New Year Tideings
Now, well into the New Year with all the celebrations concluded, the 12th Night clear-up is in full swing. The river is in full spate as flood waters from the upper reaches race past. The juggling of the Barrier closures when spring tides meet this extraordinary torrent exacerbated by street run-off from the acres of hard standing which is being extended by even more riverside development sites.
One of our new year highlights used to be played out in front of our old home in Diamond Terrace. It was the custom for neighbours to congregate to listen to the extraordinary outburst of ship sirens when dockland used to be crammed with merchant men from every corner of the globe. The occasional firing of ships’ distress flares added to the drama. Auld Lang Syne added eerily to our jollifications as David Matheson swirled his bagpipes along the terrace. John Masefield, the poet who once lived at No. 1, would have been more than moved, even though he wasn’t too happy living in Greenwich. This coming summer, the promised arrival of the tall ship fleet participating in the Royal Greenwich Tall Ships Regatta this September, would have excited him, as it does me. A five-day festival from September 5th-9th will be centred at Woolwich Arsenal Pier which has attracted a Dutch flotilla over the last two years.
The street decorations around Greenwich Town Centre and in the market were much admired, as was the clear up – well done to the town centre team. The beautiful, lit up tree in Cutty Sark Gardens was echoed by a similar illuminated ‘brother’ in Island Gardens. It’s strange how the art of decorating construction cranes is no longer in vogue – however, the brilliant red hazard lights are clearly seen along the course of Thames side construction sites. We missed their activity during the winter break as many of the workers rushed back to their loved ones overseas.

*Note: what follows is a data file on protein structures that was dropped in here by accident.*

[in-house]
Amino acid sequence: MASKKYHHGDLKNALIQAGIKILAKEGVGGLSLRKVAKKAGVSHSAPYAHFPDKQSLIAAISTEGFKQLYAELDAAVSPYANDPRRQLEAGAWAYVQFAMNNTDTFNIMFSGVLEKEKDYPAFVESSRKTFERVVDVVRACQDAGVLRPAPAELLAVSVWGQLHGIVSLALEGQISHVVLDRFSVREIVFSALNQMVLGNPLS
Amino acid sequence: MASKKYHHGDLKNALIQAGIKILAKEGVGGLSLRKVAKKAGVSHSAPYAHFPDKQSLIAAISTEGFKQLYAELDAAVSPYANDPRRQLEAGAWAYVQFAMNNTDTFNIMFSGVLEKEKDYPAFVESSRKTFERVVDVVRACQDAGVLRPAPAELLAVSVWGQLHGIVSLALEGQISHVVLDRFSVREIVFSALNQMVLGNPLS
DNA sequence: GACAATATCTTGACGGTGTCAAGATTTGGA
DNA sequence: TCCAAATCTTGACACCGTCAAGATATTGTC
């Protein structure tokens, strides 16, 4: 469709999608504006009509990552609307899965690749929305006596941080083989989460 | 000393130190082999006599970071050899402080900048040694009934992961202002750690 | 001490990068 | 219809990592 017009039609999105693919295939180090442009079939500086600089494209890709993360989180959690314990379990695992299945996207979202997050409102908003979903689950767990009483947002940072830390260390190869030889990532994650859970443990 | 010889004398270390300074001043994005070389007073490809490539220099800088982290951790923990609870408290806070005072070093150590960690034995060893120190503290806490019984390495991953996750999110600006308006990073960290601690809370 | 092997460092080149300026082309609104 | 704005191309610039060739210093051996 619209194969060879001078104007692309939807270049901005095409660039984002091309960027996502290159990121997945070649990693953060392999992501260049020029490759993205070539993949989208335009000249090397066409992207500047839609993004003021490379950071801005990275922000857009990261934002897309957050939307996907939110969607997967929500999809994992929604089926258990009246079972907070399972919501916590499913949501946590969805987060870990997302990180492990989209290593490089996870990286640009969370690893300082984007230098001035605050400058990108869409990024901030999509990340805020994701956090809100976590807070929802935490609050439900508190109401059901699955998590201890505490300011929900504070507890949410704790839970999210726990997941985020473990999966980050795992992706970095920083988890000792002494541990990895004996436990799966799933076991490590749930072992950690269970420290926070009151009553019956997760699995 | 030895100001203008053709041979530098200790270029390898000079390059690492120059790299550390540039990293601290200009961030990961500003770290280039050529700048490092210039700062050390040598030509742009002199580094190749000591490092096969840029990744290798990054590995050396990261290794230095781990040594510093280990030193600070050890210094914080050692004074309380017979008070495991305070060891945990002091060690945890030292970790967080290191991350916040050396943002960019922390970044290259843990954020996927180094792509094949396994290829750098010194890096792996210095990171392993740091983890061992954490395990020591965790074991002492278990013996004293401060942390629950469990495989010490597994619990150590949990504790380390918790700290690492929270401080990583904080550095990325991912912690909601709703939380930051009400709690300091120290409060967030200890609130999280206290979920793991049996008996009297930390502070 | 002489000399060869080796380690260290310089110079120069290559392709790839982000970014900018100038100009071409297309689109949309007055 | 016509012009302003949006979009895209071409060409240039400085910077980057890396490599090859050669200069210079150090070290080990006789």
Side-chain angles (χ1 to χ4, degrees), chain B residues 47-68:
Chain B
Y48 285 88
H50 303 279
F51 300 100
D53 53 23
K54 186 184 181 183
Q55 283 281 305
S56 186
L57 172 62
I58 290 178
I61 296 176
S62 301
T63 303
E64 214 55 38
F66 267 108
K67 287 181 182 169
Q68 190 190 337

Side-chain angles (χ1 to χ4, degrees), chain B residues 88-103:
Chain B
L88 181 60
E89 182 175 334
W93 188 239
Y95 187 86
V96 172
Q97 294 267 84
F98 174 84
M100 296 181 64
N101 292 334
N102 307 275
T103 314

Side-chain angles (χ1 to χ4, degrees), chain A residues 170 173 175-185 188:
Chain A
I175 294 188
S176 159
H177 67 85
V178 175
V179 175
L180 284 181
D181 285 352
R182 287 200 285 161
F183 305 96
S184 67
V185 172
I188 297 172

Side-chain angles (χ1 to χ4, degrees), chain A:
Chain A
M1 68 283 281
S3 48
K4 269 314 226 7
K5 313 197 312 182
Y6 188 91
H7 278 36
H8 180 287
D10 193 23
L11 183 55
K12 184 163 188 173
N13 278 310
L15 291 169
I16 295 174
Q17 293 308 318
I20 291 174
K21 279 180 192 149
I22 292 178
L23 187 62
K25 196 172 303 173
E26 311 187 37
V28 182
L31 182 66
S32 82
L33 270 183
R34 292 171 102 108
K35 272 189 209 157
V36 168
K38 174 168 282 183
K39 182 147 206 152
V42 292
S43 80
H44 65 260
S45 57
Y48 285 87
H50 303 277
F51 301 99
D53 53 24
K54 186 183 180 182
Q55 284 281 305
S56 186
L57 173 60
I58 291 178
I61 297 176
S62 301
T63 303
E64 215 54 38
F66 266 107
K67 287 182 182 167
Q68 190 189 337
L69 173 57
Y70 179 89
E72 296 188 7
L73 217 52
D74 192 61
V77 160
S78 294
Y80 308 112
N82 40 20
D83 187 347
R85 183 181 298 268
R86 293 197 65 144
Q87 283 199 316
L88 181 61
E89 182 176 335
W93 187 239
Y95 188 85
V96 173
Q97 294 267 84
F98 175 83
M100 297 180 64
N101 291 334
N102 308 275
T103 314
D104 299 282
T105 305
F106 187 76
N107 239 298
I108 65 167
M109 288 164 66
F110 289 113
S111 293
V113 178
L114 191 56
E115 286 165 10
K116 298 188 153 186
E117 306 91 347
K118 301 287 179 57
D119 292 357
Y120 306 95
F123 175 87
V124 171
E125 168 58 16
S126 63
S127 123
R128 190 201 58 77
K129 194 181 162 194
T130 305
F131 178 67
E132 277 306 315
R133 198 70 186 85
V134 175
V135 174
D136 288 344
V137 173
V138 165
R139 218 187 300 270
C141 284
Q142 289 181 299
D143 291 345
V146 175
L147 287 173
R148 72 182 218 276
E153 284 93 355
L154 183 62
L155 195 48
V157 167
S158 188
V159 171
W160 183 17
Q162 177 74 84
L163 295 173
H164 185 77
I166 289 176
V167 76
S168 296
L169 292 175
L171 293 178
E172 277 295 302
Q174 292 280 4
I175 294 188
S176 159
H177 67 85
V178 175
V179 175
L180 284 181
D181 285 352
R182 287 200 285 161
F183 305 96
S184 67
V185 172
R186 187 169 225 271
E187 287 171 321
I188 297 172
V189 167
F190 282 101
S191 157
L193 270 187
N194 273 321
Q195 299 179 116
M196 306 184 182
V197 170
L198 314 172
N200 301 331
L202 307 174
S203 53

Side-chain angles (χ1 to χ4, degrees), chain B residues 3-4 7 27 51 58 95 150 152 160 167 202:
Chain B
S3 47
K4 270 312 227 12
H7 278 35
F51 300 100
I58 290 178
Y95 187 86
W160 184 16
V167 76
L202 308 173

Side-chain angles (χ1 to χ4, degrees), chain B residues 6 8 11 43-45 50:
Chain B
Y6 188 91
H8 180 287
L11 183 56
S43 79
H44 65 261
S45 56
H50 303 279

Early January is a good time to take stock of the major development sites and to report to you from my ‘Crane’ Street eirie many of the long term schemes that can now be viewed as the scaffolding cones down to reveal all.
Perhaps the most dramatic is the strangely named New Capital Quay, which occupies a once-industrial peninsula formed by the Ravensbourne as it enters the river at Deptford Creek, once a jumble of working wharves and slipways, now home to a block of apartments, many 10 storeys high. The saucy, silver-clad Admiral’s Tower – 13 storeys high – looks more like one of the giant cruise ships which moor close by at ‘Welcome’ (the PLA’s floating customs hall). The deep water mooring has for years attracted some of the largest vessels afloat – even aircraft carriers – though too shallow for the monster carriers now under construction.
The view from the riverside promenade is well worth a visit as it gives a completely new lookout point both up the creek and across to the curious sculptural representation of Peter the Great and his dwarf attendant. Closer inspection can be made via the giant lift bridge still used daily to permit coaster access to Brewery Wharf – the last working wharf on this once busy mile-long creek. The Laban Centre is the first of many creek side sites to be redeveloped. BPTW have left their Norman Road HQ, while the surround quay is being worked on.
The next time you visit Waitrose’s impressive store in this ‘new waterside village’, arm yourselves with a take-away coffee and, from the creek head benches, muse about this historic spot – the home of the once famous fishing fleet, a Viking harbour, a centre of shipbuilding and where Trinity House was founded just by St. Nicholas Church. Even better, come and see my exhibition celebrating their Quincentenary at Tony Othen’s Greenwich Gallery in Royal Hill – open until 29th January. Look back to my blog of May 4th last year!!